Mindfulness Can Improve Health and Wellness

The stress of daily life can take many forms: financial pressures, family demands or crises, and professional or occupational tensions. These circumstances can produce anxiety, fatigue, sleeplessness, and other physical conditions that can be harmful to our mental and physical health.
An emerging practice to address these concerns and improve individual health is called mindfulness.
Mindfulness came into practice more than 30 years ago. Jon Kabat-Zinn, the founder of modern-day mindfulness who established the Stress Reduction Clinic at UMass Medical School in the late 1970s, defines it as follows: paying attention in a particular way, on purpose, in the present moment, and non-judgmentally.
The National Institutes of Health (NIH), part of the U.S. Department of Health and Human Services, expands on the definition: “being completely aware of what’s happening in the present — of all that’s going on inside and all that’s happening around you. It means not living your life on autopilot. Instead, a person experiences life as it unfolds moment to moment, good and bad, and without judgment or preconceived notions.”
More than 2,500 research studies have investigated mindfulness and the mind-body connection and its effects on a variety of medical conditions — anxiety, depression, cancer, acute and chronic pain, and chronic illnesses such as diabetes and heart disease.
Most of those studies have shown positive outcomes. Patients reported feeling better, more relaxed, and more compassionate; blood pressures and heart rates were reduced to healthful levels. Supported by those studies, mindfulness is now reaching mainstream medicine. As testimony to its acceptance, NIH, the largest biomedical research agency in the world, has allotted $100 million to expand research into mindfulness.
Mindfulness can mean several things. In a historical sense, it can mean ‘I’m aware of what’s going on,’ or ‘I’m paying attention.’ In a clinical sense, however, it is a way for people to participate in their own healthcare by raising awareness of their thoughts, physical sensations, and surroundings. Practicing mindfulness leads patients to concentrate on the present, not to worry about things that happened in their past and not to agonize or be fearful of what might come in the future.
A key to mindfulness is being non-judgmental. All of us can be negative and critical about people and things around us. However, when a person becomes more non-judgmental, more positively focused, and more accepting, he or she will be able to assess and react to situations in the present moment without preconceived ideas.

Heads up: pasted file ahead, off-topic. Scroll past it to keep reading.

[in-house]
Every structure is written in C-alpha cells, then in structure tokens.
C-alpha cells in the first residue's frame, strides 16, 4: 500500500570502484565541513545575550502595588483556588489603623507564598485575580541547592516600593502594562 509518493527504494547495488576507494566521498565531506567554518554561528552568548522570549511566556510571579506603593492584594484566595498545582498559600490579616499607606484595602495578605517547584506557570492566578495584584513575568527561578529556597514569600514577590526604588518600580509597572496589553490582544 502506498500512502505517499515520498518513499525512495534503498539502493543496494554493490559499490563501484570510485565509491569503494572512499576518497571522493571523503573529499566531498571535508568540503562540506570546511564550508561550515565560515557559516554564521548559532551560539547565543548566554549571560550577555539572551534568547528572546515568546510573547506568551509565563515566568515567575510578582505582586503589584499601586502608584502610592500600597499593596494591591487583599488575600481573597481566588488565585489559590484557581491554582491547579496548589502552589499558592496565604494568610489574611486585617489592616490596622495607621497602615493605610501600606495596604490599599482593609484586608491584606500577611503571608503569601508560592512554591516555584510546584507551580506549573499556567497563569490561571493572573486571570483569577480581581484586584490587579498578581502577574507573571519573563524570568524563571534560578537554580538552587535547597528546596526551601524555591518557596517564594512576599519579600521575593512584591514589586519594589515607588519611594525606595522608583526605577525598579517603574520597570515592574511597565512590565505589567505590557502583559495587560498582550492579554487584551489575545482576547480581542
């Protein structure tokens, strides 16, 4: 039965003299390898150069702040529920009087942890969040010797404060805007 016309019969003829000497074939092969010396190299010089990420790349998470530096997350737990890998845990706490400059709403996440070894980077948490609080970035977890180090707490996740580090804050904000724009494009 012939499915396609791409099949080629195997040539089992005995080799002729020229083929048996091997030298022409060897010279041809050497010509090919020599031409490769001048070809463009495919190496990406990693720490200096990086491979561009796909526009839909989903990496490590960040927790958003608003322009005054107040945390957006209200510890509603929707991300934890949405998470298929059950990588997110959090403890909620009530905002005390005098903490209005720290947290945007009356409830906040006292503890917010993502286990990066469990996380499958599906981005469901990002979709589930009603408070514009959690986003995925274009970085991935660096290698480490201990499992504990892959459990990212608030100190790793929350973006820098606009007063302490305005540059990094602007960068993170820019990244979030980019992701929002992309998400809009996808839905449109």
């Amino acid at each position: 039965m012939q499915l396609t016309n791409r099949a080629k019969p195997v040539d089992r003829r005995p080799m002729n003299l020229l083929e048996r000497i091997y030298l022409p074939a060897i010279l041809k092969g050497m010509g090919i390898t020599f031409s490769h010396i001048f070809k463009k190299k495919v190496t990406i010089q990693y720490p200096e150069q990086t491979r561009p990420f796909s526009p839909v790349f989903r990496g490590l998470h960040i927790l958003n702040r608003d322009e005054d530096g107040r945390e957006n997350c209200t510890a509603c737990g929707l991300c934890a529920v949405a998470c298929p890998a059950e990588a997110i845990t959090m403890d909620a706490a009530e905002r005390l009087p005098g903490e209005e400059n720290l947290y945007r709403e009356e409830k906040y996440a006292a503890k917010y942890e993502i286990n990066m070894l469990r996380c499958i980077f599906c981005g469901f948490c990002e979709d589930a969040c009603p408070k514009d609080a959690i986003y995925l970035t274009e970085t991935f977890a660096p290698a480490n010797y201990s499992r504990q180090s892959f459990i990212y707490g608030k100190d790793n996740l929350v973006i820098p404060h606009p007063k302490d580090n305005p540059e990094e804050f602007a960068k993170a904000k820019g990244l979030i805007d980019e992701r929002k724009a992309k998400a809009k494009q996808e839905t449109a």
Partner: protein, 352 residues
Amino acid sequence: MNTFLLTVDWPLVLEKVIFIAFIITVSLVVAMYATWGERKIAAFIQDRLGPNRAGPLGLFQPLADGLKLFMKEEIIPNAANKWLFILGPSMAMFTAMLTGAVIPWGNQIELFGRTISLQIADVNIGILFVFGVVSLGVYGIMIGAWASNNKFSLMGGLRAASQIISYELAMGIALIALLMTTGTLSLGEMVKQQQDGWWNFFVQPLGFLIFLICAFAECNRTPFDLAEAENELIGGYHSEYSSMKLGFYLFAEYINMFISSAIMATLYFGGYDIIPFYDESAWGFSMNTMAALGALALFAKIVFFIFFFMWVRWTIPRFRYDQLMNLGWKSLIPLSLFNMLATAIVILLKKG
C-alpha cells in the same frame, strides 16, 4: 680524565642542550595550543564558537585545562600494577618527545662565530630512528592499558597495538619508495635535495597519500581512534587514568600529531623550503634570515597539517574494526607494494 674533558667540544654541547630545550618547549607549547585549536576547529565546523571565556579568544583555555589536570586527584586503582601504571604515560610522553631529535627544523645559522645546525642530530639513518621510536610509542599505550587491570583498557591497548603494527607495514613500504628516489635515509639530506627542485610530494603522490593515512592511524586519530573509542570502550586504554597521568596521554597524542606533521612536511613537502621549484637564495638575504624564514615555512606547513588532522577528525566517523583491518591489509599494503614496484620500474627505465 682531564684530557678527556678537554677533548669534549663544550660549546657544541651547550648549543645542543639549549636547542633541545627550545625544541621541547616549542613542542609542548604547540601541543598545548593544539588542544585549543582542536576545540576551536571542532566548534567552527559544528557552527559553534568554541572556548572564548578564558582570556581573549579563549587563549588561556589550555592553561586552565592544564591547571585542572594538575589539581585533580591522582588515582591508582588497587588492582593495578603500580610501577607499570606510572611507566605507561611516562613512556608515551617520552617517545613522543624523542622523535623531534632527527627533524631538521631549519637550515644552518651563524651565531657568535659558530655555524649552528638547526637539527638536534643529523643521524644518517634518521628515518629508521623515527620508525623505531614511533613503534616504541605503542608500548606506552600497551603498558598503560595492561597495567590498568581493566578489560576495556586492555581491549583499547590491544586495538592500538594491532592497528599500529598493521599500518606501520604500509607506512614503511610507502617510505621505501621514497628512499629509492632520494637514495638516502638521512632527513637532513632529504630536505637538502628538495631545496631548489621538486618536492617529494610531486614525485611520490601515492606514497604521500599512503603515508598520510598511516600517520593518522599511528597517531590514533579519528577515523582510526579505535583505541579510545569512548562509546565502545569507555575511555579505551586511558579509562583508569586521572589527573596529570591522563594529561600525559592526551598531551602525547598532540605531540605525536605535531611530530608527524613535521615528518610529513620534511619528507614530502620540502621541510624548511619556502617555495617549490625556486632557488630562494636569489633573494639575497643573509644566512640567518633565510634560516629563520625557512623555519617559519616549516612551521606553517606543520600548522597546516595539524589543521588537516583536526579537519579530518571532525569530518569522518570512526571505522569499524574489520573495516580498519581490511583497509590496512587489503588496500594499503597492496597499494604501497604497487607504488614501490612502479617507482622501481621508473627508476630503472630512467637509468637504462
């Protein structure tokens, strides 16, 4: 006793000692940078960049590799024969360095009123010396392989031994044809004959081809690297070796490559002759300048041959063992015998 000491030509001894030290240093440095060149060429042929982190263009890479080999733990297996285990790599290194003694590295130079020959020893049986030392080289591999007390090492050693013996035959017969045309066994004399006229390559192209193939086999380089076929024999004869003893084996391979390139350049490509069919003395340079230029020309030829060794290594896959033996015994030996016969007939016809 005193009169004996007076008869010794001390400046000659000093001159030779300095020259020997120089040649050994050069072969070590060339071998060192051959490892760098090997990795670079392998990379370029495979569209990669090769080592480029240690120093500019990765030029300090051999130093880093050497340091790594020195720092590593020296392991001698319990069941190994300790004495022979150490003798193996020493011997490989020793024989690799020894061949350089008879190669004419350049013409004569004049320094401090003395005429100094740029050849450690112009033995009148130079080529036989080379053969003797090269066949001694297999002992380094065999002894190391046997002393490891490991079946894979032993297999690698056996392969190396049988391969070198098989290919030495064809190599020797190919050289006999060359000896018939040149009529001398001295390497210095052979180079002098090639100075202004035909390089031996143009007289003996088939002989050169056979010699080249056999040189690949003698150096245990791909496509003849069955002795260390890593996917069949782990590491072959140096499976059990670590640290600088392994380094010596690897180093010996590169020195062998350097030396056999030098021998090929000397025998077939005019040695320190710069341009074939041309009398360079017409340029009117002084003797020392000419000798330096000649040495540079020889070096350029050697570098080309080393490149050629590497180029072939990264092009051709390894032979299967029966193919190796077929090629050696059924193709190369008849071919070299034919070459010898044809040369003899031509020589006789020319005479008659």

People who experience difficulties, whether they are medical, social, or emotional, can use mindfulness to train their mind to deal with those difficulties in a way that opens up new possibilities, instead of reacting out of habit or doing the same thing over and over again.
It is important to remember that the purpose of mindfulness is not to replace a medicine or other therapy, but to improve our ability to relate to the circumstances of our lives. Mindfulness can be healing in making us adapt to our circumstances. It can also be personally revealing, in opening up different possibilities for us to manage those circumstances.
The mindfulness approach is a way to complement and enhance individual health, and it can help people of all ages and in many circumstances: families of patients undergoing serious medical conditions, caregivers who experience increasing amounts of stress in dealing with major illnesses such as dementia, or patients themselves who must deal with chronic conditions such as heart disease, diabetes, or depression. It is also becoming increasingly useful in treating addiction, substance abuse, post-traumatic stress disorder, and even pain.
For more information on mindfulness, including the science behind it, how it is learned, and how it can be helpful in health and well-being, visit www.mindfulnet.org. For a video discussion, visit www.physicianfocus.org/mindfulness.